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“Provide comprehensive after-school programs that keep children safe and help them succeed in school and in life.” The organization’s Career Exploration Opportunities (CEO) initiative, for example, fosters financial literacy and other skills while helping students discover and plan for their future careers. Another initiative, Sports as a Hook, is a sports-based youth development program that promotes leadership and teaches a variety of skills.

“I would go to all these gyms and leagues and I’d see hundreds of great guys, all of whom I thought could be great mentors.” Dworkin has been with ASAS since 2007 and has been instrumental in establishing the national model and growing the organization, which now has chapters in 20 major cities. He spends his time managing the local affiliates and overseeing strategic planning, program, evaluation, advocacy, expansion, partnerships, and leadership training efforts. There have been many highlights along the way. For example, at the age of 36, he went “back to college,” sleeping in a dorm, eating in the cafeteria, and taking classes—alongside a group of teenagers who had just finished 8th grade. It was part of CampUs, a weeklong program that brings to college campuses students at risk for dropping out of school, helping them understand why graduating is important and how college leads to fulfilling careers. The overnight experience is part of ASAS’s We Are Ready initiative, which was developed based on research showing that the best time to intervene to prevent kids from dropping out of high school is actually before they even enter high school. Another highlight for Dworkin came in 2016 at a gala in Washington, DC, when on behalf of his organization he accepted an Impact Award from Partnership for a Healthier America, the national nonprofit whose honorary chair is Michelle Obama. The award recognizes the group that demonstrates a measurable impact at the community level in building a healthier future for America’s children. Dworkin’s career in battling such big national issues as the youth obesity epidemic, the high dropout rate, and the lack of college and career counseling for underprivileged kids began with the simple desire to give back. He started volunteering for Big Brothers Big Sisters. And then, as he explained in his remarks at Dwight-Englewood’s commencement for the Class of 2018, he had an epiphany about how to connect kids with mentors. “I would go to all these gyms and leagues and I’d see hundreds of great guys, all of whom I thought could be great mentors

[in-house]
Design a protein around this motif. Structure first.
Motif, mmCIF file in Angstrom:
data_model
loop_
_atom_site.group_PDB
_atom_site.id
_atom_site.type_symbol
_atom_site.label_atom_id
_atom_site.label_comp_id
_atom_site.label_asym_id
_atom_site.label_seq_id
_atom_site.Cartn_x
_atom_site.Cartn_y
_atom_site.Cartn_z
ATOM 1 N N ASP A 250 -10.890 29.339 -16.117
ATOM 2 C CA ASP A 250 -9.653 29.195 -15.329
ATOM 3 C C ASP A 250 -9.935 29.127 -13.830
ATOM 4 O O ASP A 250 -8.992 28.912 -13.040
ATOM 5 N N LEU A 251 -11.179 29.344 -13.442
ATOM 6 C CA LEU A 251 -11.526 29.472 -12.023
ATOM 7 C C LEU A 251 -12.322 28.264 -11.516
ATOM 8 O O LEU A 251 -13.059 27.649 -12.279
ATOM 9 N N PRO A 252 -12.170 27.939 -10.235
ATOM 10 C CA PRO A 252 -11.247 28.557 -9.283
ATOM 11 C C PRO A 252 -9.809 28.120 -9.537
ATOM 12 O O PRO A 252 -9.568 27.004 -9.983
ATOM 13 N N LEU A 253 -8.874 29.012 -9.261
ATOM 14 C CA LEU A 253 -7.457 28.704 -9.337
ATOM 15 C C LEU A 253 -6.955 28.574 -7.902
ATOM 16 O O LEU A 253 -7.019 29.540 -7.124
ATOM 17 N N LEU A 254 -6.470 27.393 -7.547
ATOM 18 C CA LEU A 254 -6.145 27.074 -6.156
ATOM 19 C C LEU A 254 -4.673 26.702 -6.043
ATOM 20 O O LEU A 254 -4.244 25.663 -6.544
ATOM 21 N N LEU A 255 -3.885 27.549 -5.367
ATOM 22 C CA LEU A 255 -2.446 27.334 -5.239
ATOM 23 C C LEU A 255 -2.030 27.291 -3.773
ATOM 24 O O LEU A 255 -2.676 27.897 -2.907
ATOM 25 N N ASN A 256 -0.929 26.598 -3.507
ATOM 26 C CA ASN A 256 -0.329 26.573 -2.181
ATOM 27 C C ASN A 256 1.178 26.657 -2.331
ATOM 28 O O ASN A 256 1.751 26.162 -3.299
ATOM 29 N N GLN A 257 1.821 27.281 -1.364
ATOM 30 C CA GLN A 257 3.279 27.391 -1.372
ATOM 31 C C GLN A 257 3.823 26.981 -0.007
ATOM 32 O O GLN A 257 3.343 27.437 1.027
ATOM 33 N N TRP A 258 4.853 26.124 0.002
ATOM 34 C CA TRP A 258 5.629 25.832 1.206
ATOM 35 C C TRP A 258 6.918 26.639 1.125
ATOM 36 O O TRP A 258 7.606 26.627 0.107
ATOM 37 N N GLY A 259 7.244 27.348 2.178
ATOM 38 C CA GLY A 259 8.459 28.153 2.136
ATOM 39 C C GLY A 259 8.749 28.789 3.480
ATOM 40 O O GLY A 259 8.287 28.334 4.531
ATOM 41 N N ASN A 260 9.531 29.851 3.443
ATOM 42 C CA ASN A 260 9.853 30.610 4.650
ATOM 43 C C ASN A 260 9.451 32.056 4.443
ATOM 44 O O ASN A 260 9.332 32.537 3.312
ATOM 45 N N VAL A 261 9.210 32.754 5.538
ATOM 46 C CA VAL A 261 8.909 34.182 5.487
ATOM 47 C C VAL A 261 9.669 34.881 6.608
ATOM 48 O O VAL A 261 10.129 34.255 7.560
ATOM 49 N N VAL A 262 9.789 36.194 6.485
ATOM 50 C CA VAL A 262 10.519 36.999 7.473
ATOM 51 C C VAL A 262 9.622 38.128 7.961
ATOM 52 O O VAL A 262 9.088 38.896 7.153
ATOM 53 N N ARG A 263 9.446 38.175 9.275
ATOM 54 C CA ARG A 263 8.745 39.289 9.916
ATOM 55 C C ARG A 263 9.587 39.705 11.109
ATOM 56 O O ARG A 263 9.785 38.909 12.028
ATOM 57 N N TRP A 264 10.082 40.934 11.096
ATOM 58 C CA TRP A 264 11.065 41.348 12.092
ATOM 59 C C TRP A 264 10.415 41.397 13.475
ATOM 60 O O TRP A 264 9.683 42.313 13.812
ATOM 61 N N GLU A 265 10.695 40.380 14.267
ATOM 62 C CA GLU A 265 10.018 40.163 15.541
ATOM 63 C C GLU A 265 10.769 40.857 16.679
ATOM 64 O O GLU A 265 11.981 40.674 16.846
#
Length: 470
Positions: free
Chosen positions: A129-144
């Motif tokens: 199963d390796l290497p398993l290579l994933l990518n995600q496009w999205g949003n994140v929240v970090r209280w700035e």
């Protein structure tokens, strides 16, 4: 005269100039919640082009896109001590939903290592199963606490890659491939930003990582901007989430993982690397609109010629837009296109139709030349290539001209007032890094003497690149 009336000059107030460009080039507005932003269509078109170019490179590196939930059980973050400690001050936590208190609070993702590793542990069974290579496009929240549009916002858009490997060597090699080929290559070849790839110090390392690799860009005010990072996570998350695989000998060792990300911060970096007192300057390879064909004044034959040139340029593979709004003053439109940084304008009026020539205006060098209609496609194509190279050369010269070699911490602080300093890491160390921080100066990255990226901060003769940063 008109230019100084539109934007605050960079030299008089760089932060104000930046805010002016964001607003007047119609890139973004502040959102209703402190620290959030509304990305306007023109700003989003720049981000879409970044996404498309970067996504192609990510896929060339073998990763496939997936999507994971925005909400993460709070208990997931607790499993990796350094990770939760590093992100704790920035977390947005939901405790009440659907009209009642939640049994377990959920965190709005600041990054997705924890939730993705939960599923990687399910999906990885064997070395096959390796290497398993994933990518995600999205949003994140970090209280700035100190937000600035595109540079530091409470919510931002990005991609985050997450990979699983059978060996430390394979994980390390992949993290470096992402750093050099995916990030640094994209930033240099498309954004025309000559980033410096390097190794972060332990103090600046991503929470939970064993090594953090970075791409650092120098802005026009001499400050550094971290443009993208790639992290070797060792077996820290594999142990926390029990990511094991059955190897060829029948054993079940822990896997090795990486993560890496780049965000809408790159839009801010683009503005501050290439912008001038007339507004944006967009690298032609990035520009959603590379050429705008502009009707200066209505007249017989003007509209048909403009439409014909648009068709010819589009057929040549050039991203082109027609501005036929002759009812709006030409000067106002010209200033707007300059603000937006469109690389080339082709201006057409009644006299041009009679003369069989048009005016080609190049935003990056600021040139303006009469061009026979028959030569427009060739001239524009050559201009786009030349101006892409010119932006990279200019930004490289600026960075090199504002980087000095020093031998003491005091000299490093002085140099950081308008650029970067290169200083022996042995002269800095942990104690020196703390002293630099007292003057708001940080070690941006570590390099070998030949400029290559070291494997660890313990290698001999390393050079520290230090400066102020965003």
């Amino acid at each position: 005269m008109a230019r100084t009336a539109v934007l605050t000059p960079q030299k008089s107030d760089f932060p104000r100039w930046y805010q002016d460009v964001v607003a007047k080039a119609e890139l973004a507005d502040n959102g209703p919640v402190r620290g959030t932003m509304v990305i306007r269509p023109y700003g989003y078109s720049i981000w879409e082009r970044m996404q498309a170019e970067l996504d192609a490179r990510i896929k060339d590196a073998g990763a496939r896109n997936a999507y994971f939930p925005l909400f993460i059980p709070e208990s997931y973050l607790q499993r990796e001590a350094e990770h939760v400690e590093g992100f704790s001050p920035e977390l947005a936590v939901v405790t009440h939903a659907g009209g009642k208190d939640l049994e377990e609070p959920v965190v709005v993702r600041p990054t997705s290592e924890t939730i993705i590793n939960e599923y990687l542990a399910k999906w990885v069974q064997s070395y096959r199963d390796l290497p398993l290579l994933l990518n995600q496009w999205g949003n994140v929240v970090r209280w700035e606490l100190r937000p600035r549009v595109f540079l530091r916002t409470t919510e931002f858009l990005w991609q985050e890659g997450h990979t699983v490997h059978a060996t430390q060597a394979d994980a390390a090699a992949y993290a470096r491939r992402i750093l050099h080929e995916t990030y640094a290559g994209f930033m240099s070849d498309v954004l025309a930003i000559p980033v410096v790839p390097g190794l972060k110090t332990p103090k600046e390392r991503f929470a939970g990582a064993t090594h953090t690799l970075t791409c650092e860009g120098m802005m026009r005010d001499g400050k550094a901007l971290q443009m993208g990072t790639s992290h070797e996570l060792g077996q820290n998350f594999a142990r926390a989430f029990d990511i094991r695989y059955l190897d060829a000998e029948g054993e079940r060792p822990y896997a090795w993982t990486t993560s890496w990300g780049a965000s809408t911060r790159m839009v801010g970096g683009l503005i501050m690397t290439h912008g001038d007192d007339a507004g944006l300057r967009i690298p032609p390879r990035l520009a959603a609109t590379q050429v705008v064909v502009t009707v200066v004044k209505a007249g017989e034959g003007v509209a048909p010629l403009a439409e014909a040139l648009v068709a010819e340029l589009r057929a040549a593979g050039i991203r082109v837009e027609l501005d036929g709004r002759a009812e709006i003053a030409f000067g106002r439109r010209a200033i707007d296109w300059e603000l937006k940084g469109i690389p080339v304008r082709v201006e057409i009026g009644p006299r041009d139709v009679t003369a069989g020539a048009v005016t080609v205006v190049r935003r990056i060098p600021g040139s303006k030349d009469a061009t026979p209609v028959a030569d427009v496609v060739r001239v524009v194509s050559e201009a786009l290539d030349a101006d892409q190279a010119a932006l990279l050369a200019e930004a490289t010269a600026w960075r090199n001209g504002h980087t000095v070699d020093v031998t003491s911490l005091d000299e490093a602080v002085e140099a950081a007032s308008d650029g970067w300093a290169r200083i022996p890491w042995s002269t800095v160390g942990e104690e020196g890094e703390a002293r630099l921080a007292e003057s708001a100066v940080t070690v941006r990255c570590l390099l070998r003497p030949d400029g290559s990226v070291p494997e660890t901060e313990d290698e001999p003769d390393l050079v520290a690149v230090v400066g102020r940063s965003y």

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D-E TODAY 2018 - 2019 | VOLUME II

Profile for Dwight-Englewood School

D-E Today: 2018-2019: Volume II  

D-E Today is published by Dwight-Englewood School Communications and Publications, in partnership with the Advancement Office.

D-E Today: 2018-2019: Volume II  

D-E Today is published by Dwight-Englewood School Communications and Publications, in partnership with the Advancement Office.